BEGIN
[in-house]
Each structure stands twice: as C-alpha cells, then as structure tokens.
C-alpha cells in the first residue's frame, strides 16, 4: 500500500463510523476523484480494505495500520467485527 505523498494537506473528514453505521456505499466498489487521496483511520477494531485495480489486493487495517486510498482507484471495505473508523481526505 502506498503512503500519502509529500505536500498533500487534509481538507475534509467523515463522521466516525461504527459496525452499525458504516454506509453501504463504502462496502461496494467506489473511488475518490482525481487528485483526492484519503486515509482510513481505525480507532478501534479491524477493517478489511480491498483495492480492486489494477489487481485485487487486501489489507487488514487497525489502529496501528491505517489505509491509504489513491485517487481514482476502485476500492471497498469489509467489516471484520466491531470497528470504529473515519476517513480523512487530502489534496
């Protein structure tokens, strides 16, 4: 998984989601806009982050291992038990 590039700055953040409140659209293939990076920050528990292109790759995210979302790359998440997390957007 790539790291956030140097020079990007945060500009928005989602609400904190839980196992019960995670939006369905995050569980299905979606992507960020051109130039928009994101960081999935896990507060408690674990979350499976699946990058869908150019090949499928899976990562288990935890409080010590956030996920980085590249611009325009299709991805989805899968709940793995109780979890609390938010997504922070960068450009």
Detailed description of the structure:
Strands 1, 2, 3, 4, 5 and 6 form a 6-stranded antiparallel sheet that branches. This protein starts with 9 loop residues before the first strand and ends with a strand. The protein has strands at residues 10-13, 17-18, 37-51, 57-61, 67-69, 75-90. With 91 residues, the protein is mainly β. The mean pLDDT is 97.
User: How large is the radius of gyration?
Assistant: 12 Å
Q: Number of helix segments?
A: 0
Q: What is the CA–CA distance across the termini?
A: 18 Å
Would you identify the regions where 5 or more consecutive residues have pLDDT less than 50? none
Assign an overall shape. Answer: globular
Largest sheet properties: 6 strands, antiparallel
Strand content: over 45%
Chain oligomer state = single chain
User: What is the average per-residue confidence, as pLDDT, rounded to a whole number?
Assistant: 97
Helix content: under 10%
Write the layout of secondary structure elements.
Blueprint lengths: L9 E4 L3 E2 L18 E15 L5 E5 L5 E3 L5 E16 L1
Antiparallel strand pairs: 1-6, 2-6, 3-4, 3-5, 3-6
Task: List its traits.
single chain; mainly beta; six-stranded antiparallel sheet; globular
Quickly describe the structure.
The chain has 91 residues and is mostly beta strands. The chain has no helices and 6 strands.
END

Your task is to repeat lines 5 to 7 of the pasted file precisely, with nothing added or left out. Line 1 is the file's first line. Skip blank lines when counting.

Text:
Detailed description of the structure:
Strands 1, 2, 3, 4, 5 and 6 form a 6-stranded antiparallel sheet that branches. This protein starts with 9 loop residues before the first strand and ends with a strand. The protein has strands at residues 10-13, 17-18, 37-51, 57-61, 67-69, 75-90. With 91 residues, the protein is mainly β. The mean pLDDT is 97.
User: How large is the radius of gyration?